Carnegie's Pick

Picked by Taylor Boas, Project Associate, Project on the Information Revolution and World Politics

While the information revolution has the potential to fundamentally transform the contours of world politics, there has been little attention paid to the issue in mainstream foreign policy journals. It is laudable, therefore, that Current History has chosen to examine the information revolution's political impact in its seven-part series "Globally Wired: Politics in Cyberspace." Running from January to November 2000, the series presents case studies that are fresh, insightful, and authoritative.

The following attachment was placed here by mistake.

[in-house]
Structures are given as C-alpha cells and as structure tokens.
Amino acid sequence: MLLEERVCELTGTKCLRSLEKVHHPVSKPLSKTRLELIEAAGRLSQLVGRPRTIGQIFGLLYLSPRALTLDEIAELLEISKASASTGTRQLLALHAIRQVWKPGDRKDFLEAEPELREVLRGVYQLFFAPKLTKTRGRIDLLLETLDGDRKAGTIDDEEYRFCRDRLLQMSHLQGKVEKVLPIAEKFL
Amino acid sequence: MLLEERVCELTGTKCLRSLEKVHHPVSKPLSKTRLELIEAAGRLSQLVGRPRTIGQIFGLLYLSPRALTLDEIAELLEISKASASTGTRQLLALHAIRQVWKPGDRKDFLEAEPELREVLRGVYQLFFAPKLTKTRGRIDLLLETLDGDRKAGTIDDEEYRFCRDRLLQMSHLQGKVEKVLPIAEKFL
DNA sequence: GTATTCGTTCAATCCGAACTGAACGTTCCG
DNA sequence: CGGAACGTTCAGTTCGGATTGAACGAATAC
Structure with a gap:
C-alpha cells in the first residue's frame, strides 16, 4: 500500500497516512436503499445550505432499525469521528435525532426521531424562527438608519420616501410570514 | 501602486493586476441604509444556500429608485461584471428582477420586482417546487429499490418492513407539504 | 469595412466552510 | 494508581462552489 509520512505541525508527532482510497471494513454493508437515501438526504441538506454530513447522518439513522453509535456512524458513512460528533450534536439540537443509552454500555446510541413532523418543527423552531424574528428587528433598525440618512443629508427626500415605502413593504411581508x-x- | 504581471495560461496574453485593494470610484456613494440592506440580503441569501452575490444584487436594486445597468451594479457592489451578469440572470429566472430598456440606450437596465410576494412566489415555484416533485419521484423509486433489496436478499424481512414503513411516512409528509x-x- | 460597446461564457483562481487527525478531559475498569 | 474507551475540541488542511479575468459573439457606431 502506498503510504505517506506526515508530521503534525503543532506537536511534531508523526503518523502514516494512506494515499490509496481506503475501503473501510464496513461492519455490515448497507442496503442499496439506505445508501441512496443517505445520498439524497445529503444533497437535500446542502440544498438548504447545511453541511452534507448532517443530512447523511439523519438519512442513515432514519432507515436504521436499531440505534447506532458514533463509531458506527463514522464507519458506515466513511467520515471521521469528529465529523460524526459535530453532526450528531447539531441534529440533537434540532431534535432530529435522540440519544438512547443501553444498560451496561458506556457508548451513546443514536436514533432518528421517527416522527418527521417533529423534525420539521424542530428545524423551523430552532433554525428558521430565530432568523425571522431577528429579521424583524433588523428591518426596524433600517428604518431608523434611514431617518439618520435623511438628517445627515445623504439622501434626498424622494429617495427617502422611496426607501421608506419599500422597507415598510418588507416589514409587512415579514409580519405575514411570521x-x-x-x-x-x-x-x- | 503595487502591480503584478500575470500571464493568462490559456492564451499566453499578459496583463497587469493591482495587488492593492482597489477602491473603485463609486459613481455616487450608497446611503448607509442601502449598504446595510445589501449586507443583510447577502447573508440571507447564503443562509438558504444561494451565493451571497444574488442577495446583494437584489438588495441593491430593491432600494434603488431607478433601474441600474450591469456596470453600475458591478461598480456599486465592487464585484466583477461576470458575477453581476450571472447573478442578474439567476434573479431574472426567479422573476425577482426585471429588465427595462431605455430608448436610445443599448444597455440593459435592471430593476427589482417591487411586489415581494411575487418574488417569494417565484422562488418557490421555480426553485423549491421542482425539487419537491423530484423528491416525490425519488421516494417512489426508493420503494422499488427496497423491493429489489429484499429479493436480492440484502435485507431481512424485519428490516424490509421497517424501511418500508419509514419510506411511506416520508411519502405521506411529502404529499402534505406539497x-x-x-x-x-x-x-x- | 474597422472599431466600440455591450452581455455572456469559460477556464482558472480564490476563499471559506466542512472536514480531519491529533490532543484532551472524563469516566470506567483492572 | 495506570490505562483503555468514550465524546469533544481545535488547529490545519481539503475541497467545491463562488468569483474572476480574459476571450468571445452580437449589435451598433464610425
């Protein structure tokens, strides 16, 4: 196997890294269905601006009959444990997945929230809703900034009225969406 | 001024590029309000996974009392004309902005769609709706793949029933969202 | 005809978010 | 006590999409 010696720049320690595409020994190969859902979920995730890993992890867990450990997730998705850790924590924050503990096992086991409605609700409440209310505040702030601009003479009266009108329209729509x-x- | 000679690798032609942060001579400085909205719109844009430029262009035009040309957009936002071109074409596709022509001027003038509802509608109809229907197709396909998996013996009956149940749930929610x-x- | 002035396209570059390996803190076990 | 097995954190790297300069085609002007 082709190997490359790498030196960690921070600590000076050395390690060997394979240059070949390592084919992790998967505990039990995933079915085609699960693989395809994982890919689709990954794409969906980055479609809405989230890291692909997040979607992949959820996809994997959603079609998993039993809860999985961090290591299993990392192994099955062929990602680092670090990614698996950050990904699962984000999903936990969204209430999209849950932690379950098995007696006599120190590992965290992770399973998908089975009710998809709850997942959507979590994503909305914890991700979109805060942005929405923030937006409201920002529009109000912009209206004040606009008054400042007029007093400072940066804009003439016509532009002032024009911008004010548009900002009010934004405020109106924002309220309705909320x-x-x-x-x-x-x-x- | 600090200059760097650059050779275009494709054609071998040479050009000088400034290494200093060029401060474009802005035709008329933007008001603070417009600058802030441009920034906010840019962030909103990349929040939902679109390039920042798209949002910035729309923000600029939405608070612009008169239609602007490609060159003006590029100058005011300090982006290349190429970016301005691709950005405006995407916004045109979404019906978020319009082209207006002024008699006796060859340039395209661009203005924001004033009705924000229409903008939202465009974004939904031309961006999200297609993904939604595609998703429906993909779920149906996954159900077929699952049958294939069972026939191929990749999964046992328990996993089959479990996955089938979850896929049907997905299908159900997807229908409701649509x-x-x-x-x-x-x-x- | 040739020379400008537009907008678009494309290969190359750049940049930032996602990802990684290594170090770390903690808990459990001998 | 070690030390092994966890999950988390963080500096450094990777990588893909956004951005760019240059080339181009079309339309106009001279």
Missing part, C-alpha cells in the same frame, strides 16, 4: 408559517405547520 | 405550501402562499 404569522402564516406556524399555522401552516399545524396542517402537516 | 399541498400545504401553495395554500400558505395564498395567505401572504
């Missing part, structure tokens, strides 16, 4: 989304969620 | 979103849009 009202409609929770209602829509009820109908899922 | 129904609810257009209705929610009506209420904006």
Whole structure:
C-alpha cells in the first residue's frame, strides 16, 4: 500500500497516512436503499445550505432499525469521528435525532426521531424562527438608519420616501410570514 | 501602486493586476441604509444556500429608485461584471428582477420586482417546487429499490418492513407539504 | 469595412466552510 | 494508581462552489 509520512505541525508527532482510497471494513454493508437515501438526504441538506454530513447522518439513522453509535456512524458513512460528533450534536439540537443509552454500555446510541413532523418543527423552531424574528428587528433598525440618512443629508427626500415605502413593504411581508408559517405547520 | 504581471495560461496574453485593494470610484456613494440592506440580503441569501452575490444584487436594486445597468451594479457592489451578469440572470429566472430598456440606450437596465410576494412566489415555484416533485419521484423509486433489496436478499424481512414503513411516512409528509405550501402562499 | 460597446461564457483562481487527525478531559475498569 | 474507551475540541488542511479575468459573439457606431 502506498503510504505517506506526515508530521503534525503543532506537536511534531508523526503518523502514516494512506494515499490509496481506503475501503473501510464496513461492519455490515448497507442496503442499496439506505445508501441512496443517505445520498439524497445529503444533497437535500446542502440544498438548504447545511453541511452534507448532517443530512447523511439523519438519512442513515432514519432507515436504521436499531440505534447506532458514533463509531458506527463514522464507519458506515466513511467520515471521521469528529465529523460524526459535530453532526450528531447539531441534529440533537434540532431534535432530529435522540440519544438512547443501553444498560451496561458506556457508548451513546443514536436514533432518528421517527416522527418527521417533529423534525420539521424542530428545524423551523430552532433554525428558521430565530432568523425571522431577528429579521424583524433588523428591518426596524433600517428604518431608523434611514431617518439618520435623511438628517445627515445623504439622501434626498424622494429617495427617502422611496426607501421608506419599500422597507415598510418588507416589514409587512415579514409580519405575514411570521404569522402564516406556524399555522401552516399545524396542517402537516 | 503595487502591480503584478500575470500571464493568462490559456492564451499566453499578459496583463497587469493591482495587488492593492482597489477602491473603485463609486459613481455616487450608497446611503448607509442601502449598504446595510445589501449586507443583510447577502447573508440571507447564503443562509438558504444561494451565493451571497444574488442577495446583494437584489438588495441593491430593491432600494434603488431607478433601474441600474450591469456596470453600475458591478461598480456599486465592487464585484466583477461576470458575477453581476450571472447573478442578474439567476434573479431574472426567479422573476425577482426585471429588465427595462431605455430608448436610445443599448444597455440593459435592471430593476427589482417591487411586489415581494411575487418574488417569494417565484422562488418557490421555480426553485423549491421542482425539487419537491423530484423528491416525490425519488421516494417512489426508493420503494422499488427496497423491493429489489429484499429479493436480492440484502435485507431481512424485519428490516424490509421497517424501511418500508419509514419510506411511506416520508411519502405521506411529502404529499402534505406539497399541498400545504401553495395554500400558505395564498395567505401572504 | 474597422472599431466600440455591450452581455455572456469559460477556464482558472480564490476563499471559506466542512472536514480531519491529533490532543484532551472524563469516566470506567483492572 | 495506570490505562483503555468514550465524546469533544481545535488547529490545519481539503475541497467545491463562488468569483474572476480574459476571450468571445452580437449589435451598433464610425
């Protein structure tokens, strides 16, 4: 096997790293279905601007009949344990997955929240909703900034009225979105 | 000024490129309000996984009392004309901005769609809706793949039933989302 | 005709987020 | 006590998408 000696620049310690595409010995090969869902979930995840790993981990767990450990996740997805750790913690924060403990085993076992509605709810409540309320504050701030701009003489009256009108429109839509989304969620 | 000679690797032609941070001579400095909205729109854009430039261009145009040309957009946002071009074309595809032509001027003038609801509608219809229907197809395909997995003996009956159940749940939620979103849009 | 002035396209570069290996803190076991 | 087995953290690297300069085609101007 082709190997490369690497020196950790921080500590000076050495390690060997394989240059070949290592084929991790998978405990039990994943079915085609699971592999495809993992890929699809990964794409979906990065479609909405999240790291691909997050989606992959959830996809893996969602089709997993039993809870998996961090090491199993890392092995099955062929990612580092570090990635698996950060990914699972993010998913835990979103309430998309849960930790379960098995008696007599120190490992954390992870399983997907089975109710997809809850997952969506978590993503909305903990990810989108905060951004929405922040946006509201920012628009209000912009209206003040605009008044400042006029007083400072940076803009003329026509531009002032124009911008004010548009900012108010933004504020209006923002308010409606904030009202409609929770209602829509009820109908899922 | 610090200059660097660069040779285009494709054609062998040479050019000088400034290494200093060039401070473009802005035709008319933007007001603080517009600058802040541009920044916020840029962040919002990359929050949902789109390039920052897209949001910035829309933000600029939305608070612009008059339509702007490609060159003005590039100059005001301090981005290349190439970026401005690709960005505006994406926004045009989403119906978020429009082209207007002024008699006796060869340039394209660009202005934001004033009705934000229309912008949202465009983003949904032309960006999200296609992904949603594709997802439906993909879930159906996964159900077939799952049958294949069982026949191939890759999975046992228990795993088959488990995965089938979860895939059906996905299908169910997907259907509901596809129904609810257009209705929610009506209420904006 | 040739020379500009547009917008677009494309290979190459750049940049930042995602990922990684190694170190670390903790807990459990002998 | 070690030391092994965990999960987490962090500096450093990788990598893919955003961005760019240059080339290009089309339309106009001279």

In "How the Internet Did Not Transform Russia" (November 2000), Rafal Rohozinski critiques the common notion that the Internet causes democratization, arguing that today's Russian Net has been largely shaped by legacies of the Soviet past. Kathleen Hartford makes a similar case in her analysis of China ("Cyberspace with Chinese Characteristics," September 2000), highlighting Chinese government efforts to build an Internet that is both politically safe and economically dynamic. In "Information-Age Terrorism" (April 2000), John Arquilla, David Ronfeldt, and Michele Zanini examine the national security implications of "netwar," an emerging form of conflict in which protagonists (such as Osama bin Laden's Arab Afghans) adopt networked organizational structures and use new technologies for decentralized communication. Others pieces in the series look at the impact of the Internet in Yugoslavia, Latin America, Africa, and the Middle East. Together, the articles in "Globally Wired" make a significant contribution to the debate on the political impact of the information revolution and cut through much of the hype that has dominated discussion of this important issue.